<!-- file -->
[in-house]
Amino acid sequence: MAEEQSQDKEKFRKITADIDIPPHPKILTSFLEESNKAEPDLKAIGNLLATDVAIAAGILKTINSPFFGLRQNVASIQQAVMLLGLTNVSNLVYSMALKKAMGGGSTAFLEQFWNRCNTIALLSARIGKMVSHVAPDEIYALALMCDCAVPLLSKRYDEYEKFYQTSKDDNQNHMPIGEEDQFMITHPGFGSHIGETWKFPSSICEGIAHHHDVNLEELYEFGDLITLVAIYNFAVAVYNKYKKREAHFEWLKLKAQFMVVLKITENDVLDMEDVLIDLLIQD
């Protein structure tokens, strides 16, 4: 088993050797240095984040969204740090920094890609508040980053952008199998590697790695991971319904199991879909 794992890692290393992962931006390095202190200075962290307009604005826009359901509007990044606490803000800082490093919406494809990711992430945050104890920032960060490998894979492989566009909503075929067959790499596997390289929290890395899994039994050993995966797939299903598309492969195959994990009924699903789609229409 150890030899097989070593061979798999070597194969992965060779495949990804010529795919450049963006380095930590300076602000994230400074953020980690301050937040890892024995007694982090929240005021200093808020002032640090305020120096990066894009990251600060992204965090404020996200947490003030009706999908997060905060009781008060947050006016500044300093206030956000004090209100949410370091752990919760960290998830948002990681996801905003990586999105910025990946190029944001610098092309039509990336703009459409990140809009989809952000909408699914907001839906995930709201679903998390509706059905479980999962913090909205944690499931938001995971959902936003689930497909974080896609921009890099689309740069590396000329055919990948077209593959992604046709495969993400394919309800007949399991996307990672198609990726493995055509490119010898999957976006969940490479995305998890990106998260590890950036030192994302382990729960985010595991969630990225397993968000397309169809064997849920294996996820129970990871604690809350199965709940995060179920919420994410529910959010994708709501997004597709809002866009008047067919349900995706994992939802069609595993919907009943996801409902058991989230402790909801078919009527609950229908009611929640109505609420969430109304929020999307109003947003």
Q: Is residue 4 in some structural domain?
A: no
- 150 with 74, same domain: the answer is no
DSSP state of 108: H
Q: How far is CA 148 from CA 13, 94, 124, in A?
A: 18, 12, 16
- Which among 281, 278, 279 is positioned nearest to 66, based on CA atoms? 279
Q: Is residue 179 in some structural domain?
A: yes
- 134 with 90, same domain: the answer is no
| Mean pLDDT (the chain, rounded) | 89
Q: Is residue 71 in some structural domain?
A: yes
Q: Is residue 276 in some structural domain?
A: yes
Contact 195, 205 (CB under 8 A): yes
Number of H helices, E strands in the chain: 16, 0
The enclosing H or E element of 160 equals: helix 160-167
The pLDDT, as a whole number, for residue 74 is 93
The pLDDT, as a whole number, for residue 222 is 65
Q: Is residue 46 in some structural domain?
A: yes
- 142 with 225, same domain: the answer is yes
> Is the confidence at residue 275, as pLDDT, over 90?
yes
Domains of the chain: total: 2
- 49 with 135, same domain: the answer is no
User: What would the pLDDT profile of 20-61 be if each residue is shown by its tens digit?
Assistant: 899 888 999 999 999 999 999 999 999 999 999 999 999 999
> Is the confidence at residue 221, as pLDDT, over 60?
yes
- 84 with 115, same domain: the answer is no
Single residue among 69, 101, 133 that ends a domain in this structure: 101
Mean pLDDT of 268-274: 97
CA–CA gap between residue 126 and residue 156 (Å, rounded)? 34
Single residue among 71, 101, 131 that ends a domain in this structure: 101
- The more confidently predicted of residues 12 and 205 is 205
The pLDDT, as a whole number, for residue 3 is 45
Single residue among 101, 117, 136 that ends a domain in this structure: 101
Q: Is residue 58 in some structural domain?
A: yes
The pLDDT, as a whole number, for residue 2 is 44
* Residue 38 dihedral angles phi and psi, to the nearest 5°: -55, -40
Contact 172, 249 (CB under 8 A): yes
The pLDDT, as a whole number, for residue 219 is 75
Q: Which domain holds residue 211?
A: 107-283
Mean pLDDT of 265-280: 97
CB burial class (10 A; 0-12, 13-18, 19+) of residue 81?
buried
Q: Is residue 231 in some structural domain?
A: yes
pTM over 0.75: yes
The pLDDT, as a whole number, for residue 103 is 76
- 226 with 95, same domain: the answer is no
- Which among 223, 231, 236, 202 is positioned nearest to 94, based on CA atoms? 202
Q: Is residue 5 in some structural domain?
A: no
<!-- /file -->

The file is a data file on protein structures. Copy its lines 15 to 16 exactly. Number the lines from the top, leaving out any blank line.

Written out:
Q: Is residue 71 in some structural domain?
A: yes